Finding Your Inspiration

Have you ever sat at your computer screen that displays a blank page and the little cursor icon blinking at you like a clueless college student in the middle of a lecture about the positives and negatives of Pythagoras’s Theorem? I know I have. In fact, I have been doing that for the past few minutes. As a student, many questions flow through your mind. “Did I do well on that test?” “Will we have a quiz tomorrow?” and “What if I don’t find a boyfriend/girlfriend by spring?” However, none of these questions can hold a candle to the infamous “What will I write about?”

It’s a question that plagues us all: old and young, small and big, Hobbit and Ork. I know that when I receive the task to write, I freeze up the minute I sit down. What do I write about? Blink. Blink. Blink. 913[1]Fear no more, random reader, for I, Alfred of the Writing Center, am here to share some ingenious ways to find your inspiration (in no particular order).

  1. Bounce Ideas Off of Someone

Leading up to the conception of this blog post, my fearless partner in writing, Caitlin, helped me by letting me bounce some ideas off of her. She too, would throw ideas out. Some of the ideas I came up with were, well, magnificent to say the least. These ideas were things like “the downfall of an empire” or “Story Time with Alfred.” Needless to say, I dream big. Caitlin also had some pretty good ideas, some of which turned out to be the basis for this blog. Why does this work? First, it gets the creative juices flowing. It allows you to voice and hear other ideas. You may find yourself using some of these ideas, or being inspired by some of them, as I was. Second, it also helps to have someone to walk with you through the process. This is kind of what the Writing Center does. We help students walk through the process of their writing. Some will come in with ideas they want to write about. We are there for them to bounce their ideas off of and sometimes, they end up figuring things out without any advice simply because they voiced their ideas.

  1. Take a Break Before You Begin

I will always recommend getting away from the project if you’re stuck. You’re getting nothing done sitting in front of the computer, staring at the infinite whiteness. Instead, take your mind off it. Go outside, take a shower, or listen to music. (Keep in mind, though, you do have to go back to the project. Don’t procrastinate!) I typically do my best thinking when I’m not actively thinking about the task at hand. I find the ideas just kind of pop into my head whilst I do other things. I’ve thought of sermon ideas while playing video games and paper ideas while I am out with friends at dinner. In this specific case, I decided to listen to music for a bit. I thought about how different types of music tend to differ from each other and how each person is inspired in different ways from each kind. That was one of the driving forces behind this post. Sometimes, good ideas come about in the weirdest ways.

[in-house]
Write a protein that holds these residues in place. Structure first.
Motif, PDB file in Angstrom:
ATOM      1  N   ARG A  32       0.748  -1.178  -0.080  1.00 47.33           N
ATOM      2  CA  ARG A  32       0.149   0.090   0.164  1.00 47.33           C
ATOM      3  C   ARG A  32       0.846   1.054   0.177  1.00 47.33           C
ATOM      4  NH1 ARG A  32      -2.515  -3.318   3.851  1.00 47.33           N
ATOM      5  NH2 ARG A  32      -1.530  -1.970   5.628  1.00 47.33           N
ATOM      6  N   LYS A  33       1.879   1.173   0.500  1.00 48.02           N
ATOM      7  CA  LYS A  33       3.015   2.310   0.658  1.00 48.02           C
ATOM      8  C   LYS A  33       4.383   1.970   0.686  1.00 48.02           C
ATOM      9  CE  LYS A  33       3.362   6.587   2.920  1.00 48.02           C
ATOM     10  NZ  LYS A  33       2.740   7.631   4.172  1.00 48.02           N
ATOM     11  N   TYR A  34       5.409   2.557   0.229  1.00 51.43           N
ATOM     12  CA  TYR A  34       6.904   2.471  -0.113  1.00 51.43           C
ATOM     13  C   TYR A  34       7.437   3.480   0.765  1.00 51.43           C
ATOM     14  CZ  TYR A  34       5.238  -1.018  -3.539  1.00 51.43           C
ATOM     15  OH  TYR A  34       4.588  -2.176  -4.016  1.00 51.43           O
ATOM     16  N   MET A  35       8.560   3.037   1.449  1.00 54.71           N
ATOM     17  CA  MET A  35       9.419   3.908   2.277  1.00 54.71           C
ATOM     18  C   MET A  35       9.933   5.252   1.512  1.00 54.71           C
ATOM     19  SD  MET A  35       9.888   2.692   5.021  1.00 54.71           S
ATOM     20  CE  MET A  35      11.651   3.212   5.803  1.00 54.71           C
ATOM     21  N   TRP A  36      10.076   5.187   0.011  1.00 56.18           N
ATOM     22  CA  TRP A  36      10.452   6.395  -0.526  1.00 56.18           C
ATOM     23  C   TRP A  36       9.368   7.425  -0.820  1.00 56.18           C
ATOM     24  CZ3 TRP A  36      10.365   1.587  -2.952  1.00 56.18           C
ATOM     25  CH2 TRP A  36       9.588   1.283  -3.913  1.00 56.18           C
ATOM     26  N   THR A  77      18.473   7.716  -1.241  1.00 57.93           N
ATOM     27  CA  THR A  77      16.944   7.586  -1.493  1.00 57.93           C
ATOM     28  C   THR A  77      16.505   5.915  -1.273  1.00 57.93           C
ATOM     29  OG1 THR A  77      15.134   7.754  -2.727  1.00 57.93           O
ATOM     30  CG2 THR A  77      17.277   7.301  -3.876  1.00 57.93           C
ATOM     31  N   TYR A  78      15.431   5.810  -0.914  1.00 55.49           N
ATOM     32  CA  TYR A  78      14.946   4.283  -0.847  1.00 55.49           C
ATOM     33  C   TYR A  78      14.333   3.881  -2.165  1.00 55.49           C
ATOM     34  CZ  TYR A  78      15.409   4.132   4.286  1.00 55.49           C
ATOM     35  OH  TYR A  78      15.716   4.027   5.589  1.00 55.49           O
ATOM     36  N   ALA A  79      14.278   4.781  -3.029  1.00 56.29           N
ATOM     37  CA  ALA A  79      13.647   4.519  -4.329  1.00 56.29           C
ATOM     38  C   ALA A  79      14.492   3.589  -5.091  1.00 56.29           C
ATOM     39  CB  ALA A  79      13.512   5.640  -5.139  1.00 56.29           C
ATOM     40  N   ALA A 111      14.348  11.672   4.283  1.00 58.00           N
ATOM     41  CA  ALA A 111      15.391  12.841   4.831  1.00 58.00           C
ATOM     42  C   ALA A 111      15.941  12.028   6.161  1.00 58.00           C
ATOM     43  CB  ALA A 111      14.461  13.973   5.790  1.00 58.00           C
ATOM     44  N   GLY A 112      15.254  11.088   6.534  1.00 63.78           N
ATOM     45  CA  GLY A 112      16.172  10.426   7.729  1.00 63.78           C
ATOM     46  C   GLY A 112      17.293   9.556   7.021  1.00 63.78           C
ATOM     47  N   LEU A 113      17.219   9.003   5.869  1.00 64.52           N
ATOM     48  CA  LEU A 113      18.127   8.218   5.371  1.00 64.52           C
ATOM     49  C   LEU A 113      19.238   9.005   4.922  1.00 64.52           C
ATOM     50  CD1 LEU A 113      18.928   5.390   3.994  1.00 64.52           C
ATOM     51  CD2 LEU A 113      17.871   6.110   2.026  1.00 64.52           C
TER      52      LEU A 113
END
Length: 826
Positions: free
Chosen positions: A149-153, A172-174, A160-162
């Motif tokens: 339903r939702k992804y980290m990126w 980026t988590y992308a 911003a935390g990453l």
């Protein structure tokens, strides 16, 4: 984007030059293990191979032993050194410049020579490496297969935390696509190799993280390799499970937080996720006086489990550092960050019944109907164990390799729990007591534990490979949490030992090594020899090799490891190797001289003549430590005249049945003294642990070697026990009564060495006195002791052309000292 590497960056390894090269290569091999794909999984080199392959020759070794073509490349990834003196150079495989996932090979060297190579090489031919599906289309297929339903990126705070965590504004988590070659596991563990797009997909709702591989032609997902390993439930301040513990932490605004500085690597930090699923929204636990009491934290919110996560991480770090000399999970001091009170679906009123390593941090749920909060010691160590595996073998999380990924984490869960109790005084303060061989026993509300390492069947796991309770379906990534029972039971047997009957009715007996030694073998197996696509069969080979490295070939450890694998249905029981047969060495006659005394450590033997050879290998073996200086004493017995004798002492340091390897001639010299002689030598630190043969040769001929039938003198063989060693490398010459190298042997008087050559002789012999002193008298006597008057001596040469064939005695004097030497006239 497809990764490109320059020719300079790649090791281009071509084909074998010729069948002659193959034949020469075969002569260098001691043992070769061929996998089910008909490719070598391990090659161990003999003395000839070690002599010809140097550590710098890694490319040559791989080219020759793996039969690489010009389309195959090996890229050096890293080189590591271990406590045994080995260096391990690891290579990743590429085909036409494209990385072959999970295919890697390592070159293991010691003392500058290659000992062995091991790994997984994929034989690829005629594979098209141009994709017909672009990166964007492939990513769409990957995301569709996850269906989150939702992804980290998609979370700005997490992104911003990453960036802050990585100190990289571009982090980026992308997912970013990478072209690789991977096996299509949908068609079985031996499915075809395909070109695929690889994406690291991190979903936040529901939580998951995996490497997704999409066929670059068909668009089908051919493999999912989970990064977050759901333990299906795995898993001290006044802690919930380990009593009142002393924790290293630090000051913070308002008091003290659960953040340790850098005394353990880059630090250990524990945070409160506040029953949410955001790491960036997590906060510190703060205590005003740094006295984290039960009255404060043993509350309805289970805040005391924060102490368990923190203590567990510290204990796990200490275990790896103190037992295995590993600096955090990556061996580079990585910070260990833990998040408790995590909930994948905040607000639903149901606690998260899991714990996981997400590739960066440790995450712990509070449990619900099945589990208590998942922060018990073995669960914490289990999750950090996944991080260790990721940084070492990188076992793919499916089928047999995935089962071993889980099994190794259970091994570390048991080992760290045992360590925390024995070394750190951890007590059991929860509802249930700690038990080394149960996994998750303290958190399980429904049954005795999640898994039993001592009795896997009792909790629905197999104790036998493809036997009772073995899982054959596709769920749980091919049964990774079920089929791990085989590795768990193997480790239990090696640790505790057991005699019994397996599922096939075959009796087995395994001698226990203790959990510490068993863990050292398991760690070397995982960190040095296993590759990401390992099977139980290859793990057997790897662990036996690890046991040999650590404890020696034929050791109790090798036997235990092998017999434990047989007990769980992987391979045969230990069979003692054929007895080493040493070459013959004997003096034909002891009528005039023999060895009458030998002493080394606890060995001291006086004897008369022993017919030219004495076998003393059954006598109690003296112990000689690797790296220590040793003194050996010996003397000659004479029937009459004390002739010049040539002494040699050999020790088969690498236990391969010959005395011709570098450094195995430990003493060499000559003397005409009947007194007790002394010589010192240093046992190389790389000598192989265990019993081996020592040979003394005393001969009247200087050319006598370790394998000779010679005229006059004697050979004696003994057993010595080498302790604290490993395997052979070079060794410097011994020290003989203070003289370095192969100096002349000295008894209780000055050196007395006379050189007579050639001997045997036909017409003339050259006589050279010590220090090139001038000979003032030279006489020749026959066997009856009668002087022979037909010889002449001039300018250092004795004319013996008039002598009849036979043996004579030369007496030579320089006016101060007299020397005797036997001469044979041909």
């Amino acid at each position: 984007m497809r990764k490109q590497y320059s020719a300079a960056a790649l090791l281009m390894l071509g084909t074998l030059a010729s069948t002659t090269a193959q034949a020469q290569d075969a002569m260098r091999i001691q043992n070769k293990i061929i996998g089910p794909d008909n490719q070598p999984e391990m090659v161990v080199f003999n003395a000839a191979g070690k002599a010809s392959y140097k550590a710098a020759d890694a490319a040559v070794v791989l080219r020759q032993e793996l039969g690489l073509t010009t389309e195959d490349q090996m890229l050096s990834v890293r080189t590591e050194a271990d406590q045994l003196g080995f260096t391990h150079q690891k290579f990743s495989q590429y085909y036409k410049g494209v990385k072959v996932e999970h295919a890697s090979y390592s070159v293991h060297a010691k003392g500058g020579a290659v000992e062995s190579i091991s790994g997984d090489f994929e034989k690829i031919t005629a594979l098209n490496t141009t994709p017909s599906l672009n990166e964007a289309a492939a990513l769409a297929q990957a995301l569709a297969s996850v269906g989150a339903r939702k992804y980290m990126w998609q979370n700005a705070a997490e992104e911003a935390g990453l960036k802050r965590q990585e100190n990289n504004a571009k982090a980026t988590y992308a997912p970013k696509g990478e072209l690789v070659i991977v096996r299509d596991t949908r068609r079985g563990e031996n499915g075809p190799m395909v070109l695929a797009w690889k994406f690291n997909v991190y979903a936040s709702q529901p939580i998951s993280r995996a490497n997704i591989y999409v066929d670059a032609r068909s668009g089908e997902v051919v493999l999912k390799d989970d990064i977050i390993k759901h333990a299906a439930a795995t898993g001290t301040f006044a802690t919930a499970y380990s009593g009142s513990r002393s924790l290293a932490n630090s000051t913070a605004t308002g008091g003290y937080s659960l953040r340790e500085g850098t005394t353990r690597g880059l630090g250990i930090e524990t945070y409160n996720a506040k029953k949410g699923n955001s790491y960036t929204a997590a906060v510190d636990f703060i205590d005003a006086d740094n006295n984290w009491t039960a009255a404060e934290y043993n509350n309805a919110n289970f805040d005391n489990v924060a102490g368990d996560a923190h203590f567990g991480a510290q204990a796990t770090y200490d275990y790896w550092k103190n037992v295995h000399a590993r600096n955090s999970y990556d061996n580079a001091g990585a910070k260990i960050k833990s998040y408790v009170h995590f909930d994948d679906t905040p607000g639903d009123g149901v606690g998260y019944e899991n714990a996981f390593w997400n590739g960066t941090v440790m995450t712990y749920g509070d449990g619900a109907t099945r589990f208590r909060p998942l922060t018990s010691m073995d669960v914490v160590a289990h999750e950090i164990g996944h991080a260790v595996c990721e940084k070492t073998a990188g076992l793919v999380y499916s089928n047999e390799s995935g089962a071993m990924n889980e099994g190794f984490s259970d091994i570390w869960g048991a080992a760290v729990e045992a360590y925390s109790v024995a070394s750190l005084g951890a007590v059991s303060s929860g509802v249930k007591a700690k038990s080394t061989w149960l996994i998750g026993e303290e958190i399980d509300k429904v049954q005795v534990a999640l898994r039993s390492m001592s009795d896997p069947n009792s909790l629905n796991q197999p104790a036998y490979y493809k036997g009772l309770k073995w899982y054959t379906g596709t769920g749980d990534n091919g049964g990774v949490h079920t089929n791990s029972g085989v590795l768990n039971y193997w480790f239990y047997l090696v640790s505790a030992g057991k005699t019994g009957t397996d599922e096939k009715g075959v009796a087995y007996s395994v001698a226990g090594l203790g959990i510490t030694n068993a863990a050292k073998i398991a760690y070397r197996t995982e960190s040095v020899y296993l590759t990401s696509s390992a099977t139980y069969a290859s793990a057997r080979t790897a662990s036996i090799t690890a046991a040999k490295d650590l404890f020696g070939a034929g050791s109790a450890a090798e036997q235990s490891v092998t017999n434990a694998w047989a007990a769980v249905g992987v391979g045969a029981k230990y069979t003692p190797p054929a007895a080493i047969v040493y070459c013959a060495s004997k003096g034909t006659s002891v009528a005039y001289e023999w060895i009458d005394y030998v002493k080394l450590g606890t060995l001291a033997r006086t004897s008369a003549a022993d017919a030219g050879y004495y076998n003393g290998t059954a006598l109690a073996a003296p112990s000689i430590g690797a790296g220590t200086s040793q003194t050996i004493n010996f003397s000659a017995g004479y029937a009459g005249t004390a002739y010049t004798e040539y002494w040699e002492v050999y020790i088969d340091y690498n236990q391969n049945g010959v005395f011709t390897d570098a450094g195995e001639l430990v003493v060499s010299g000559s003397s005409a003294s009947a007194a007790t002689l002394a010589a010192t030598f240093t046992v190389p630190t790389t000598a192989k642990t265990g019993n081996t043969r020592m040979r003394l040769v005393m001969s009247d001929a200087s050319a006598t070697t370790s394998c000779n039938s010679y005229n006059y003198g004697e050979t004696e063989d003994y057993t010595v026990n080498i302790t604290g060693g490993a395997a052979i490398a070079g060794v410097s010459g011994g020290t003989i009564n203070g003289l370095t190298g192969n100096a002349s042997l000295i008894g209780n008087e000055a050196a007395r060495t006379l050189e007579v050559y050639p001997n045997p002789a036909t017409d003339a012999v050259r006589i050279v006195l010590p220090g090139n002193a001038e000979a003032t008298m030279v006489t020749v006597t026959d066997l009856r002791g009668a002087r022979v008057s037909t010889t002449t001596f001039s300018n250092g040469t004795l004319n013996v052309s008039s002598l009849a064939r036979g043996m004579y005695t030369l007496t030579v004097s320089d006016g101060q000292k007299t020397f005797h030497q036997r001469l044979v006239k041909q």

1. Read to Write

A good writer is a well-read writer. This goes for both academic and nonacademic writing. With academic writing, there is typically a source that needs to be used. That source can be a novel, short story, poem, journal article, you name it. You need these sources to base some of the paper on. With nonacademic writing, the best thing you can do is read read read. Reading tends to stimulate the imagination and, when a book is well-written, you can visualize the book in your head. You see, hear, and can even touch what is happening. Regardless, if you are not currently reading a book, I would recommend you go get one. By looking at other writing styles, you can even develop your own. However, this does not mean to blatantly copy them. That is called plagiarism and is very illegal. Like, super illegal.

On my planet, it's a coat of arms. It stands for copyright infringement,.

On my planet, it’s a symbol. It stands for copyright infringement.

  1. Just Start Writing

Write down ideas as they come into your head. Write out whatever you can think of until your tank is empty. Afterwards, look at your writing, go through it, and pick out the good stuff. This will also help you reign in your ideas as you can edit out anything that does not really add to the general quality of your writing.

Figuring out what to write can be a daunting task. However, if you find things that help you come up with ideas, use them. Use all the tools at your disposal to come up with ideas. Your mind is full of limitless potential. You can write a novel, a thesis, or even a movie review. All you need is the right inspiration.

Written by Alfred

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